If you need Social Security disability benefits and you live in Huntington, West Virginia, a lawyer from our firm can seek benefits from the Social Security Administration (SSA).
The SSA denies the majority of first-time applications. By having our team review your application and explain your options, you can build a solid case that merits approval. We can also help you file an appeal if you were denied benefits.
What are Social Security Disability Benefits?
Social Security disability benefits include two programs: Social Security Disability Insurance (SSDI) and Supplemental Security Income (SSI) benefits. Although the SSA oversees both programs, there are different rules to qualify for SSDI and SSI. Qualifying for one program does not guarantee that you will also be eligible for the other one.
Who is Eligible for SSDI Benefits?
The SSDI program gets its funding from withdrawing Social Security taxes from workers’ paychecks. To qualify for SSDI benefits, the SSA says that you must have worked in jobs that participated in the Social Security program.
You Need a Certain Amount of “Work Credits” to Qualify
You must have enough “work credits” based on the age at which you became disabled. People can earn up to four work credits a year. You generally need 40 credits to qualify, but again, this depends on the age you became disabled, per the SSA.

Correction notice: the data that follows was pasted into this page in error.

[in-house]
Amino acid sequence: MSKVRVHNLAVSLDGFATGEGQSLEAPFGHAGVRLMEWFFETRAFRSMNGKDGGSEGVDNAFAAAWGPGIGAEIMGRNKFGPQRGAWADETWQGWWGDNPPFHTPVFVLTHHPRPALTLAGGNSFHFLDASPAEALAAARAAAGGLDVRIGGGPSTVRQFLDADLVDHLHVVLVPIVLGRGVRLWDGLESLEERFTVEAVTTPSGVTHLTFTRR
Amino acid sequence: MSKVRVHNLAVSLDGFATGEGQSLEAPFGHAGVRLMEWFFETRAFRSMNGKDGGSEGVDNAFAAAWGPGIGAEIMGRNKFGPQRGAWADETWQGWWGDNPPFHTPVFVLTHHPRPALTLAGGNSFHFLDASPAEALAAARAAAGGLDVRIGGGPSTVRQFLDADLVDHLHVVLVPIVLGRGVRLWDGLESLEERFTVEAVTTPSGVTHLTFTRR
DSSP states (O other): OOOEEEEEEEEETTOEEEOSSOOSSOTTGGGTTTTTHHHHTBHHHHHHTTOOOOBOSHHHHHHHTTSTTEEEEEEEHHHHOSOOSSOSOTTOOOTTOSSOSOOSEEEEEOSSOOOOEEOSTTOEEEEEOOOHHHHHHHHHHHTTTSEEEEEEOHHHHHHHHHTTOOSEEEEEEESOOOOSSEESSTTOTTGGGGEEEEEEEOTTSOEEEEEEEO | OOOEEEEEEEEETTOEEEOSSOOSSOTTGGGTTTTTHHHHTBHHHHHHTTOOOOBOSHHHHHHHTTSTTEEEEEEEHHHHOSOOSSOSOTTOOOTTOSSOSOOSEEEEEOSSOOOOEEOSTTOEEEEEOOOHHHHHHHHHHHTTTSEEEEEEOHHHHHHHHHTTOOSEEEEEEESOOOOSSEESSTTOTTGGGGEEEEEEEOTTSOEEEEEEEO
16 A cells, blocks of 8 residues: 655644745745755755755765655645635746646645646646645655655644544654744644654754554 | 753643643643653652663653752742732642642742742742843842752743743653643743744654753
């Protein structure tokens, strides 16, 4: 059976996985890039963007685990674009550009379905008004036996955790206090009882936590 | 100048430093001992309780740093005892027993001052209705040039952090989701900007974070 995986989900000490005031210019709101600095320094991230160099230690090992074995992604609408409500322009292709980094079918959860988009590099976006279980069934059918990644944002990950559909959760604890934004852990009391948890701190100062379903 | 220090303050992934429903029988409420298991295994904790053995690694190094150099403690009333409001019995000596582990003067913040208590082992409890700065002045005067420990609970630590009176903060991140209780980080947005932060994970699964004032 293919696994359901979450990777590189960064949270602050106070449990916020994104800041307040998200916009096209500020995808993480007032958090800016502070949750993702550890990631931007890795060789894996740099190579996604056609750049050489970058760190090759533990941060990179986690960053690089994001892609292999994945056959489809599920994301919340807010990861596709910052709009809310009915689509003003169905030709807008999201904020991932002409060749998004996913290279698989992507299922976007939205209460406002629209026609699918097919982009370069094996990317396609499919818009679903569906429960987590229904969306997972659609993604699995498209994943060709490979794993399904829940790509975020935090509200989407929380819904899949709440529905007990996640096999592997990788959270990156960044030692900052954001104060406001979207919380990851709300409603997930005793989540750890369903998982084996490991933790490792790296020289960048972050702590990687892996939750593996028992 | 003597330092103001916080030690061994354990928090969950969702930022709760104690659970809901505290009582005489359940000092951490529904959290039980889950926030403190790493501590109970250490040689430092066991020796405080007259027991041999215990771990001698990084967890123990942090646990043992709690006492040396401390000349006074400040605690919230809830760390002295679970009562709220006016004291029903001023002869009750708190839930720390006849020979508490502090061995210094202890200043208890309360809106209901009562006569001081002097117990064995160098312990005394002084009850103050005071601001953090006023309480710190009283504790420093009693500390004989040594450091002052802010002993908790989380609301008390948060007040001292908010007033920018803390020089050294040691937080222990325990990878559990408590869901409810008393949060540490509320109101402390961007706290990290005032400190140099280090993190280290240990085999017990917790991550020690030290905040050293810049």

You Can’t Make Over a Certain Amount of Income to Remain Eligible
In addition to work credits, your income must not exceed the SSDI earnings limit. The SSA uses the “substantial gainful activity” (SGA) dollar amount as the SSDI income maximum.
For 2021, the SGA is $2,190 a month for statutorily blind individuals and $1,310 for non-blind individuals. This number can change every year. If you can make more money than the SGA limit, the SSA will decide that you are not eligible for SSDI benefits.
Your Condition Must Impact You for at Least a Year
Your inability to work has to be the result of a severe medical condition that has already lasted or is expected to last for at least 12 months. You could also qualify if your condition is expected to result in your passing.
You Must Have a Qualifying Impairment
Finally, your mental or physical disability must meet the “Blue Book’s” requirements. The Blue Book contains technical medical criteria like lab test results and other objective findings that prove how debilitating a person’s illness or injury is.
How Can You Qualify for SSI Benefits?
A claimant must have a qualifying medical condition, just as if they were applying for SSDI benefits. The primary differences in eligibility requirements for SSI include:
- The SSA does not require that you paid any Social Security taxes to get SSI benefits. The SSI program gets its funding from the government’s general revenues, so this program does not require work credits.
- The SSI program requires that applicants have little or no income.